I’ve been rearranging my bedroom for the past few weeks. Yes, it takes me a long time. Partly because I’ve only devoted small chunks of time to pondering the feng shui of this girlhood bedroom of mine, and partly because something is in the way.
I think I need to paint my bedroom.
This is not a huge development for most of you. But look at it this way:
1. I haven’t changed the color of my room since high school.
2. I don’t like doing big projects and I especially don’t like doing them alone.
3. Alone, you say? What about your sister?
4. Oh, right, she’s moved out and designing her own a-little-bit-too-big-for-one-person bedroom.
So that’s the crux of it. I sit on my bed and look around. Maybe the bookshelves should go here? Maybe I need more bookshelves (well, that’s a definite)? Maybe I should move my pictures to the other wall? Maybe I’m the most indecisive domestic there is? And all of this wondering is stuck because I feel like I need to paint over the white compound marks her posters so cunningly covered, but I don’t have the heart to do it all alone.
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When we were little girls – maybe nine and ten – we painted our room “Frosted Cranberry.” We huddled our beds in the middle, draped old sheets over everything, and Mom taught us how to roll the thick dark paint on the walls. I was terrible at edging so Mom did that, carefully maneuvering around the moulding with the same attention to detail she brings to weeding the garden.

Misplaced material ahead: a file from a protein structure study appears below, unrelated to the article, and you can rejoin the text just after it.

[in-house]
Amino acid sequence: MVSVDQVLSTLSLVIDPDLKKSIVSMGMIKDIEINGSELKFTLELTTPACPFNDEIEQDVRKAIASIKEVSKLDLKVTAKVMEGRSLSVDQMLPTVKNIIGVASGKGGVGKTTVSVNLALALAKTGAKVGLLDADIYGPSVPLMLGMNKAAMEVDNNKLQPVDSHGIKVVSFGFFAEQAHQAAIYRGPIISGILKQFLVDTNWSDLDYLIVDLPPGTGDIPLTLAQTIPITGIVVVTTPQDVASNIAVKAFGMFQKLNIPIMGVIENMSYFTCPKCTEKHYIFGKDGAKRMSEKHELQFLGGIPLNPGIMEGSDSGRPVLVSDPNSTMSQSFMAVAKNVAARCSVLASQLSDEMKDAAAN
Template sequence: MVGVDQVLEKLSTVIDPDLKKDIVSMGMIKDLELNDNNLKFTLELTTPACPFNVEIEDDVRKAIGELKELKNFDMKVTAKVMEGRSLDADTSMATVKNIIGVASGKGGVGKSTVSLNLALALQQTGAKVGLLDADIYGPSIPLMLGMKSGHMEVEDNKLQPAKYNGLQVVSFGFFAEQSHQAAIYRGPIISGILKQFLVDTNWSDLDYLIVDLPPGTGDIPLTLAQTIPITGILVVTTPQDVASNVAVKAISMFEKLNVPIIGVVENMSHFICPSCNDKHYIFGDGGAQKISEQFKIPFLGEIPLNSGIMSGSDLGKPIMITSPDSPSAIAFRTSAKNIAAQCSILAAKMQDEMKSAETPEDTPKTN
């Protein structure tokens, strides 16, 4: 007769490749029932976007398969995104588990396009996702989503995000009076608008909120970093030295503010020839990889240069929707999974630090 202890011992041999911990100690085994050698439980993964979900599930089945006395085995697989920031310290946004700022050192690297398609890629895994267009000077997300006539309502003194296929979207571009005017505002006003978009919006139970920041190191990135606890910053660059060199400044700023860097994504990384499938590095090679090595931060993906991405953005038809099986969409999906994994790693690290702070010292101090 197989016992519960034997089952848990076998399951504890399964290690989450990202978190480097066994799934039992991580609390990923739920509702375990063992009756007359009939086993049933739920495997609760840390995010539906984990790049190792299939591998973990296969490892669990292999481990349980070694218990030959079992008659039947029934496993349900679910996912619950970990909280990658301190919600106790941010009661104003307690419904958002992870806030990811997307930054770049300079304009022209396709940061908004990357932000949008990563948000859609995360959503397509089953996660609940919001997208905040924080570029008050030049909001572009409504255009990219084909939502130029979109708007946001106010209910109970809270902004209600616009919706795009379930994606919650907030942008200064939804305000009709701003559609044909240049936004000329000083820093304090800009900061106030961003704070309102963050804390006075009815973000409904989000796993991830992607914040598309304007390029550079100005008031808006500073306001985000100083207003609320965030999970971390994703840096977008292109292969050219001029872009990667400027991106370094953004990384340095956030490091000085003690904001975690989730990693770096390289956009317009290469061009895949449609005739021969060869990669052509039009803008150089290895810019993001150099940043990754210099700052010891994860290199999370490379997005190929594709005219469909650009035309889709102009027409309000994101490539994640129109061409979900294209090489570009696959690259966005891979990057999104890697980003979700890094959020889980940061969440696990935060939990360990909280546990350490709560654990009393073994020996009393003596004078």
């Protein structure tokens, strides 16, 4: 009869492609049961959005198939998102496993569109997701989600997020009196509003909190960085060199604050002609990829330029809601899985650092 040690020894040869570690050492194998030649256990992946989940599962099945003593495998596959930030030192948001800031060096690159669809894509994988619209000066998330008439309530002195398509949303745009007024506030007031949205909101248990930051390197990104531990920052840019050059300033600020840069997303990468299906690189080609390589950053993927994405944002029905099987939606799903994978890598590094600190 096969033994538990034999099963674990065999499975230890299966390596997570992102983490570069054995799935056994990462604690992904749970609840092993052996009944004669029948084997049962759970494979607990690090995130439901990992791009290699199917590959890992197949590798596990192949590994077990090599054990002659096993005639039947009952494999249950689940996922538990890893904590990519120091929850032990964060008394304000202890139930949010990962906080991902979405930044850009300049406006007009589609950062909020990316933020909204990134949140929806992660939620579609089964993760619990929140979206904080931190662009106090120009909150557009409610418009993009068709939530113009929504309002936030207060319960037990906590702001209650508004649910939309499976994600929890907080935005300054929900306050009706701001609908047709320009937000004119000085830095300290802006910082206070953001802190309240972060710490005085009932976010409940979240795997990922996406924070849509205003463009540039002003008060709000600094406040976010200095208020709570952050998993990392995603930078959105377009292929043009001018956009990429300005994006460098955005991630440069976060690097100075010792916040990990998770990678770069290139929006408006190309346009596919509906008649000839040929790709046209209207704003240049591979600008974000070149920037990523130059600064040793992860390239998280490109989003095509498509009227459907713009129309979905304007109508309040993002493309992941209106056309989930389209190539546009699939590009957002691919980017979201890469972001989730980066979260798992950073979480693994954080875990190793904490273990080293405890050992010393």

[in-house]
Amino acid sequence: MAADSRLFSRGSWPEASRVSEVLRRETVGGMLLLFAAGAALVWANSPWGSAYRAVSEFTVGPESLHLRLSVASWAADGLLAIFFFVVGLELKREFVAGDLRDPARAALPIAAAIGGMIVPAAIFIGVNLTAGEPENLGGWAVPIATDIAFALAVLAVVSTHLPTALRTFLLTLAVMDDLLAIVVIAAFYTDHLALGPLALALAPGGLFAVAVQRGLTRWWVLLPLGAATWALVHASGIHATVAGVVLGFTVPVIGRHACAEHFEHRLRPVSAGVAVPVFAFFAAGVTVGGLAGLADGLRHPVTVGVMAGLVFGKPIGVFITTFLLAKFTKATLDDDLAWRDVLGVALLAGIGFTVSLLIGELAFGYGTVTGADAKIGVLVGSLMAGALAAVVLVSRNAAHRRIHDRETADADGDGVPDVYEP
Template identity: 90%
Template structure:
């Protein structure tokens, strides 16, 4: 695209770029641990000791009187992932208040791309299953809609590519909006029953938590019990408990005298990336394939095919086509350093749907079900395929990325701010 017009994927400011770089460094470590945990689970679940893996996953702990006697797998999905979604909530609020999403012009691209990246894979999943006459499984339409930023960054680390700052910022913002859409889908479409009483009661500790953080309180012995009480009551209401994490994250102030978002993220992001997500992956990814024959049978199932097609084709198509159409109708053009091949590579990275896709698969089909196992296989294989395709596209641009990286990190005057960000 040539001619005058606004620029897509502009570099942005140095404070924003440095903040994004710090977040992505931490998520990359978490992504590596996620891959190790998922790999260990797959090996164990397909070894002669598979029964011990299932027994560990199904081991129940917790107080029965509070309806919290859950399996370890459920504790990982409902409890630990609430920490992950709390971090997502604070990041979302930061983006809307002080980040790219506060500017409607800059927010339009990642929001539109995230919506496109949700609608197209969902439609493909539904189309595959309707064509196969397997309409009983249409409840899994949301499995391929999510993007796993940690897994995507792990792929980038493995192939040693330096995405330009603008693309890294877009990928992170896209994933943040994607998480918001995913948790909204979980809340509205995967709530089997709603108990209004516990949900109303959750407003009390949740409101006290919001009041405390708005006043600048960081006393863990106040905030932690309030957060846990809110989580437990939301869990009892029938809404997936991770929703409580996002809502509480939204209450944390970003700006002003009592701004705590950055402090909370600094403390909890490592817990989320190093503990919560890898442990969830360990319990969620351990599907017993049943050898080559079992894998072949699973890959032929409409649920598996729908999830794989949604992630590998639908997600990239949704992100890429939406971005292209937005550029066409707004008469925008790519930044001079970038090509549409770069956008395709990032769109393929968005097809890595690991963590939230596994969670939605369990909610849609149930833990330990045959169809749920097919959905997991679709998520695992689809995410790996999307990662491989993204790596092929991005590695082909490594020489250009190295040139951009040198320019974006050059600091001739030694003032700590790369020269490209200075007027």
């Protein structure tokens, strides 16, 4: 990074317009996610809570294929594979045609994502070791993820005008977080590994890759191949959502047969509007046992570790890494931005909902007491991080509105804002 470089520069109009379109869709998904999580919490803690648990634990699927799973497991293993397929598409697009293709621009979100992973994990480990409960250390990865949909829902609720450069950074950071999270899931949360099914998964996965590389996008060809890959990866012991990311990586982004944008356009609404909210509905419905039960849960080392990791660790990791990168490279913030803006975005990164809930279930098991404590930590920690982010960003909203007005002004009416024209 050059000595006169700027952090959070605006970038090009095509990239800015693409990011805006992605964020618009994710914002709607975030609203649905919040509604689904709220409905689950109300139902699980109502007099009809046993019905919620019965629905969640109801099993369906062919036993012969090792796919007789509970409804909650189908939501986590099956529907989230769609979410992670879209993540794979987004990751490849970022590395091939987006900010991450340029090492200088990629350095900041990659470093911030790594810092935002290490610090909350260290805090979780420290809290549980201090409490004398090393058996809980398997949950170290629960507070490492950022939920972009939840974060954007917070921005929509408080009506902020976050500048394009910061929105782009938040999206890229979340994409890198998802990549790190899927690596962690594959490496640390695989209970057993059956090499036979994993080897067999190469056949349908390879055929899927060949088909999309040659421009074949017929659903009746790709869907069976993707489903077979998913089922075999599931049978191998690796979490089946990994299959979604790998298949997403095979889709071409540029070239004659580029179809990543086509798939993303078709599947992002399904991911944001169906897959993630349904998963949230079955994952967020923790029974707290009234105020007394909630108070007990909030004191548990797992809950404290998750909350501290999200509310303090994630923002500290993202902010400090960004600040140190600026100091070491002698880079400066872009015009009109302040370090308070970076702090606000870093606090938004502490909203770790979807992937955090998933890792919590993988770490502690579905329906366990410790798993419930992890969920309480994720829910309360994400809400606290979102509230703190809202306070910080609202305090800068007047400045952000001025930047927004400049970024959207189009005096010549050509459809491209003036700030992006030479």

That is the color I think of when I remember being a little girl.
The deep cranberry of Laura Ingalls Wilder Club, writing inventive and terrible short stories about murders in a small town, trying to start a business – any business – because entrepreneurialship is in my blood, and, probably the best, the color of two twin beds sitting parallel with a little rug in between.
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If “Frosted Cranberry” is the color of my childhood, and “Waterfall” is the color of my teenage hood, what should be the color of my young adulthood?
I think there is a tiny part of me that is afraid to commit to this place in the form of new paint.
How long will I call this room mine?
How long will I actually spend in this little white house?
And how many hours do I want to devote to a project that will take me far too long for what it is?
But I am reminded that temporary things deserve as much beauty and commitment as non-temporary things. I get stuck when I think that way; if I’m always waiting for certainty, I’ll never do anything. Before I know it, I’ll be living in a room with worn-through carpet and peeling-off paint.
Why live in a room whose walls are covered in compound and the smoke of beautiful candles burned years ago? Does it matter if I’m here only one more year?
Wouldn’t I rather be surrounded by beauty?
I know that I could elicit help from a brother or a friend. Maybe I will. My sister would probably even come home for the weekend and slap some paint on these walls.
But I’m the only one choosing the paint.